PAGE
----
“I just loved it. I thought it was moving and scary and weird—Not only wonderful, wonderful fiction, but also wonderful science fiction.”
—Kelly Link, author of Magic for Beginners
“O’Leary’s imagination and writing have never been more vibrant.”
—Jeffrey Ford, author of Out of Body
Praise for Other Voices, Other Doors
“The most unorthodox, and unorthodoxly invigorating collection of the year. Potent, outspoken, unhinged.”—Interzone
“Essential O’Leary—zany, serious, unclassifiable, and delightful.”
—Kathleen Ann Goonan, author of Light Music
Planned Marketing and Publicity
• Consumer, trade, and co-op advertising
• Promotion at major trade and genre conventions, including the World Science Fiction, and World Fantasy conventions; ALA; Winter Institute, and Readercon
• Promotion targeting reviews and interviews in national print and online media
• Planned book giveaways on Goodreads, SF Signal, and other online outlets
Available on NetGalley
Average rating from 5 members
My thanks to NetGallery and the publisher Tachyon Publications for an advanced copy of this science fiction novel.
Sometimes a book exceeds every expectation that you have for it. Patrick O'Leary in his book 51 surprises amazes, confuses, delights, scares, awes and makes the reader question everything from the last chapter to the next, with a skill that has been missing for quite a while in science fiction and fantasy. Maybe it is the time that this book took to create, Mr. O'Leary mentions this in the end notes. This book is so good, so full of ideas that at the end the reader not only wants to start again and see where and how everything fits, but asks how do I hook this book right into my veins.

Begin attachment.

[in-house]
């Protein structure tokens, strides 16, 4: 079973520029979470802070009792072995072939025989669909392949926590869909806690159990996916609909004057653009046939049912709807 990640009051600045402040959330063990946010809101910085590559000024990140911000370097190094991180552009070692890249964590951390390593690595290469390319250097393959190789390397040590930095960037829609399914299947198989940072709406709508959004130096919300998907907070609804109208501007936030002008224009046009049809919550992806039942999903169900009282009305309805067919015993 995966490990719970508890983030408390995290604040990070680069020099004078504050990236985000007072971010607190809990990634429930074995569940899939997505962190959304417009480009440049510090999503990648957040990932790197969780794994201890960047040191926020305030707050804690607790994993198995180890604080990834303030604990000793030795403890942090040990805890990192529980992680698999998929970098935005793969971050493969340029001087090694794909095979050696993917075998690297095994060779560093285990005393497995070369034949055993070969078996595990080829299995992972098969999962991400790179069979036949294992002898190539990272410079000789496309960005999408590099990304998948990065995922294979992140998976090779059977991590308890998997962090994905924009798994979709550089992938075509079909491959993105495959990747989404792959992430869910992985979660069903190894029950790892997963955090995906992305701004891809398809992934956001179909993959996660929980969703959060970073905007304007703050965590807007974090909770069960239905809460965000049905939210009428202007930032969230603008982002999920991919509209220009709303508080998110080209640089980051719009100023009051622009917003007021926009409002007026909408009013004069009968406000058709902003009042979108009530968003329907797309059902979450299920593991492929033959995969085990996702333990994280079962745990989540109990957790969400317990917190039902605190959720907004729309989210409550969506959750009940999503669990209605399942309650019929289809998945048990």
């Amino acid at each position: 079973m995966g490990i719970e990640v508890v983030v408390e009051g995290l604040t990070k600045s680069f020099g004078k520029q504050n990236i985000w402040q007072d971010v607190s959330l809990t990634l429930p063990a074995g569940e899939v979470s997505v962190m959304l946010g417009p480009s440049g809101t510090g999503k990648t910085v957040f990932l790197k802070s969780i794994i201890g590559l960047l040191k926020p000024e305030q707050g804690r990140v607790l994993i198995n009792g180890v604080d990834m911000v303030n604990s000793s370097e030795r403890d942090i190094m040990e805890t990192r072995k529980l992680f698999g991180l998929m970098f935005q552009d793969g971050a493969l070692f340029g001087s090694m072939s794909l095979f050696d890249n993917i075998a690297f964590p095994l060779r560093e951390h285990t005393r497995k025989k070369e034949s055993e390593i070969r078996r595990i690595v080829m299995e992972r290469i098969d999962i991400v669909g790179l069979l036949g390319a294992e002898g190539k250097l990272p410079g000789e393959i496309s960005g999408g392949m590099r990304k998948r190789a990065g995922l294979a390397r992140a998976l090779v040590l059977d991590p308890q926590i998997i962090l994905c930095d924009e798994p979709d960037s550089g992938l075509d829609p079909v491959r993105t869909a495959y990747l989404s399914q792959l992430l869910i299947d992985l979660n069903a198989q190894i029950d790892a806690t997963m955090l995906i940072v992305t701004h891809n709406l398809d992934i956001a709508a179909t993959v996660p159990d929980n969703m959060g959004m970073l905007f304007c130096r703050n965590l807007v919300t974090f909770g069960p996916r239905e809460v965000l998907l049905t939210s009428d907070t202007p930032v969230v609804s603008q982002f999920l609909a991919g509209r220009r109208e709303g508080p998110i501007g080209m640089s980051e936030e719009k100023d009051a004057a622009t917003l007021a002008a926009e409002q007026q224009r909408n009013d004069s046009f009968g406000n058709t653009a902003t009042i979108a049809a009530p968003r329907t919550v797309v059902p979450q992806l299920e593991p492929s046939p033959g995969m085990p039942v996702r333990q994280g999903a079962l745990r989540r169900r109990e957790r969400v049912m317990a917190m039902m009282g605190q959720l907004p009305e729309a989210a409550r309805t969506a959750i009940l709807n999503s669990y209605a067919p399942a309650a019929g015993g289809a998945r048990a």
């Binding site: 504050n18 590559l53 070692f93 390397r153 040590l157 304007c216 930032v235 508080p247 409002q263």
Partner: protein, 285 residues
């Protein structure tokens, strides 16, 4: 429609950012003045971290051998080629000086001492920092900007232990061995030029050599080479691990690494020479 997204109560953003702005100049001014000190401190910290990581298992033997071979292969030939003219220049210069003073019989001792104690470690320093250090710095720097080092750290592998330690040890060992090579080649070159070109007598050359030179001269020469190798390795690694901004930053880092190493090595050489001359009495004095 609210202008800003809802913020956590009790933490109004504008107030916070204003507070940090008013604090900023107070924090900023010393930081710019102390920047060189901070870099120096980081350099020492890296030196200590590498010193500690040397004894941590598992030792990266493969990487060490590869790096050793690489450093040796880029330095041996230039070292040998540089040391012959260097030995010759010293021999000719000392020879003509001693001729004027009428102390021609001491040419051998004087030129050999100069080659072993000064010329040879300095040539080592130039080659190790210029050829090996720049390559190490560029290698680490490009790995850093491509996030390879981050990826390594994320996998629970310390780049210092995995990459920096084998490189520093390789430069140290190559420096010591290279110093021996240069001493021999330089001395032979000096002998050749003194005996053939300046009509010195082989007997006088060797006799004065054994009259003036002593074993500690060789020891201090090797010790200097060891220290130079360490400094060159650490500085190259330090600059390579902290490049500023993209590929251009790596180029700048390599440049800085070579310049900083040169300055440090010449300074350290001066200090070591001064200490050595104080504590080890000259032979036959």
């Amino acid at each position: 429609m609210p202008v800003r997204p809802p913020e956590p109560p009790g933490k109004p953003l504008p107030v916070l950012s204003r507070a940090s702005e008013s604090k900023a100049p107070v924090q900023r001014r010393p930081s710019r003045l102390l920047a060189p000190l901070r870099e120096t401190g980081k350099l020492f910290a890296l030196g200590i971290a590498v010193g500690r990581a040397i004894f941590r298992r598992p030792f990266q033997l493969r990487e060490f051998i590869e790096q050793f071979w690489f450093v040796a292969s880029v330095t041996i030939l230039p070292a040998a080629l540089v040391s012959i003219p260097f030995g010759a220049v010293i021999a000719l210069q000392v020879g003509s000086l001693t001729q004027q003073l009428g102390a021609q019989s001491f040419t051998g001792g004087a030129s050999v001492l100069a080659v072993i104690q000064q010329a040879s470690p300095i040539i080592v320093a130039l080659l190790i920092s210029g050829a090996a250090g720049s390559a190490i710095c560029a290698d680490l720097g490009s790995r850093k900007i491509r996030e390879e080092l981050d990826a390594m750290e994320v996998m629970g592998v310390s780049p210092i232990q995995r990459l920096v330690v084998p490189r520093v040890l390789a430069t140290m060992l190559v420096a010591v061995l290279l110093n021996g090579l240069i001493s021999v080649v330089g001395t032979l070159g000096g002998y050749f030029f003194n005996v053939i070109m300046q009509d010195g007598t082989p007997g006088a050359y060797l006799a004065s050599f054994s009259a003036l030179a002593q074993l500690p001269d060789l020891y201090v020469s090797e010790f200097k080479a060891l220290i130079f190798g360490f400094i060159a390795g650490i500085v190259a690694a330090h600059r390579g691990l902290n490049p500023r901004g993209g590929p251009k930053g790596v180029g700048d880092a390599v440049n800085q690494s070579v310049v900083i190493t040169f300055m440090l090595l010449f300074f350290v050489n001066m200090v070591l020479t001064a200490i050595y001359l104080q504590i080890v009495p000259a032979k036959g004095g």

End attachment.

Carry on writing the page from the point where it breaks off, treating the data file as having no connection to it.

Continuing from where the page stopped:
A man, Adam, coming from a regular meeting at AA stops to be a good Samaritan to a poor guy who falls in the street in front of his car. Adam is surprised to find that he knows this man, Kopp, who he lost touch with years ago. He thinks. Bounding over their previous problems with alcohol and failure, Kopp starts to tell a tale of his life. And things get weird.
This book is crazy in the best of ways. The story seeps out, and what seems at the beginning to be possibly a been there read that book about little green men at Area 51 in Groom Lake, becomes something more. An amalgamation of the Invaders, Cthulu and every possible conspiracy featured on The X-Files as directed by David Lynch and Christopher Nolan, in black and white, and music by the Velvet Underground and the Flaming Lips remixed by Harry Partch.
The book has narrative flips, untrustworthy narrators, POV changes, art, science, math, passages on the unique sadness on alcoholism and why people need addiction, failed dreams, love, imaginary friends, the price that children pay because of adult failure, and much more. I could tell more of the plot, but why take the beauty of this book away from future readers. If books that make you think, and take you by surprise, in a good way, are rare and wanted in your life, try this one. Just give it time, and if you start to go I don't get this, you won't in the beginning, Maybe not even at the end. However it is a great trip to take.
I've not read anything else by Mr. O'Leary, but I plan to remedy that. This book is perfect for these confusing end times we seem to have let ourselves allow to happen. However there is hope in this book. And even redemption. One of the best books I have read in along time. One I can't wait to reread.
The Men in Black on acid
Wow, I can't even begin to describe this book other than it's unique, hilarious, and well worth reading.
Highly recommended if you have a warped personality.
I received this book from Tachyon Publishing through Net Galley in the hopes that I would read it and leave an unbiased review.